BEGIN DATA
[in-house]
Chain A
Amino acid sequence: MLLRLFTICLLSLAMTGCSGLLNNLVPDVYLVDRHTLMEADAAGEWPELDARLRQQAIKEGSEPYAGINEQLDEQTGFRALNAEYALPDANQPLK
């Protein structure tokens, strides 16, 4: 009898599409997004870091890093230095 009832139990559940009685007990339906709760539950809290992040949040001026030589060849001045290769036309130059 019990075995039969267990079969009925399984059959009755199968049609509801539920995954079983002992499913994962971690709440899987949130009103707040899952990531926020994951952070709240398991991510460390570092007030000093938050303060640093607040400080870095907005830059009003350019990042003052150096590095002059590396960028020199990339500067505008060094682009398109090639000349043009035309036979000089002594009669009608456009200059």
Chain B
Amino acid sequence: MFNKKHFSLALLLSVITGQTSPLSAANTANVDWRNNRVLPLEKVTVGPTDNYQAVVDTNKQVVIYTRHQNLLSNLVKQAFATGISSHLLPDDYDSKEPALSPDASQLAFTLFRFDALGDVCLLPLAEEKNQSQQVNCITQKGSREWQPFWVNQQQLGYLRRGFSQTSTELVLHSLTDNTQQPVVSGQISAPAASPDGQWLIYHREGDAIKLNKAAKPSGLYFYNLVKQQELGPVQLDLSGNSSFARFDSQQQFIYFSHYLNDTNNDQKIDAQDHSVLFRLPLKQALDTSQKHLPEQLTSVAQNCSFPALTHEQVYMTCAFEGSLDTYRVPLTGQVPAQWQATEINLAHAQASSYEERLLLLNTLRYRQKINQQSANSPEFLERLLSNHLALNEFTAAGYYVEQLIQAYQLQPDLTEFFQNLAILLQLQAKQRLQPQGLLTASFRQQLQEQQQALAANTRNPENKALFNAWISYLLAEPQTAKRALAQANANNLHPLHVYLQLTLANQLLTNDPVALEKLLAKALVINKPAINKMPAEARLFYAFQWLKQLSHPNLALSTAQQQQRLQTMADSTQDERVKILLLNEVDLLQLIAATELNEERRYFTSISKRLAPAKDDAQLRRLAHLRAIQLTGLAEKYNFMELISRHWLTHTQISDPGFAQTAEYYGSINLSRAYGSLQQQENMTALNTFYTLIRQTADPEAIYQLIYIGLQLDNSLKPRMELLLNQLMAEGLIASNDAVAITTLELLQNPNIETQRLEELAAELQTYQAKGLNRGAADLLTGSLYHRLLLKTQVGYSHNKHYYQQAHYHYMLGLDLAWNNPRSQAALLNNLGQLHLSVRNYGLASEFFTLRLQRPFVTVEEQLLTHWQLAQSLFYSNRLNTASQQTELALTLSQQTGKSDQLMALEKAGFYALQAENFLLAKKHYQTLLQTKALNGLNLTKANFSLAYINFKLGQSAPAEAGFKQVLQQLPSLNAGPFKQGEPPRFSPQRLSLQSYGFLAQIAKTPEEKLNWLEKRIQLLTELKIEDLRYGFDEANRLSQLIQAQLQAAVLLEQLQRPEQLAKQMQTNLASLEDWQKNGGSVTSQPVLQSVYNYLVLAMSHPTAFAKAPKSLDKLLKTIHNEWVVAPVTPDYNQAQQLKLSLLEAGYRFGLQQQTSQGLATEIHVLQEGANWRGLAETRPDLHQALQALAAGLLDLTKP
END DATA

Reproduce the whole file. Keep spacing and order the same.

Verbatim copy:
[in-house]
Chain A
Amino acid sequence: MLLRLFTICLLSLAMTGCSGLLNNLVPDVYLVDRHTLMEADAAGEWPELDARLRQQAIKEGSEPYAGINEQLDEQTGFRALNAEYALPDANQPLK
């Protein structure tokens, strides 16, 4: 009898599409997004870091890093230095 009832139990559940009685007990339906709760539950809290992040949040001026030589060849001045290769036309130059 019990075995039969267990079969009925399984059959009755199968049609509801539920995954079983002992499913994962971690709440899987949130009103707040899952990531926020994951952070709240398991991510460390570092007030000093938050303060640093607040400080870095907005830059009003350019990042003052150096590095002059590396960028020199990339500067505008060094682009398109090639000349043009035309036979000089002594009669009608456009200059």
Chain B
Amino acid sequence: MFNKKHFSLALLLSVITGQTSPLSAANTANVDWRNNRVLPLEKVTVGPTDNYQAVVDTNKQVVIYTRHQNLLSNLVKQAFATGISSHLLPDDYDSKEPALSPDASQLAFTLFRFDALGDVCLLPLAEEKNQSQQVNCITQKGSREWQPFWVNQQQLGYLRRGFSQTSTELVLHSLTDNTQQPVVSGQISAPAASPDGQWLIYHREGDAIKLNKAAKPSGLYFYNLVKQQELGPVQLDLSGNSSFARFDSQQQFIYFSHYLNDTNNDQKIDAQDHSVLFRLPLKQALDTSQKHLPEQLTSVAQNCSFPALTHEQVYMTCAFEGSLDTYRVPLTGQVPAQWQATEINLAHAQASSYEERLLLLNTLRYRQKINQQSANSPEFLERLLSNHLALNEFTAAGYYVEQLIQAYQLQPDLTEFFQNLAILLQLQAKQRLQPQGLLTASFRQQLQEQQQALAANTRNPENKALFNAWISYLLAEPQTAKRALAQANANNLHPLHVYLQLTLANQLLTNDPVALEKLLAKALVINKPAINKMPAEARLFYAFQWLKQLSHPNLALSTAQQQQRLQTMADSTQDERVKILLLNEVDLLQLIAATELNEERRYFTSISKRLAPAKDDAQLRRLAHLRAIQLTGLAEKYNFMELISRHWLTHTQISDPGFAQTAEYYGSINLSRAYGSLQQQENMTALNTFYTLIRQTADPEAIYQLIYIGLQLDNSLKPRMELLLNQLMAEGLIASNDAVAITTLELLQNPNIETQRLEELAAELQTYQAKGLNRGAADLLTGSLYHRLLLKTQVGYSHNKHYYQQAHYHYMLGLDLAWNNPRSQAALLNNLGQLHLSVRNYGLASEFFTLRLQRPFVTVEEQLLTHWQLAQSLFYSNRLNTASQQTELALTLSQQTGKSDQLMALEKAGFYALQAENFLLAKKHYQTLLQTKALNGLNLTKANFSLAYINFKLGQSAPAEAGFKQVLQQLPSLNAGPFKQGEPPRFSPQRLSLQSYGFLAQIAKTPEEKLNWLEKRIQLLTELKIEDLRYGFDEANRLSQLIQAQLQAAVLLEQLQRPEQLAKQMQTNLASLEDWQKNGGSVTSQPVLQSVYNYLVLAMSHPTAFAKAPKSLDKLLKTIHNEWVVAPVTPDYNQAQQLKLSLLEAGYRFGLQQQTSQGLATEIHVLQEGANWRGLAETRPDLHQALQALAAGLLDLTKP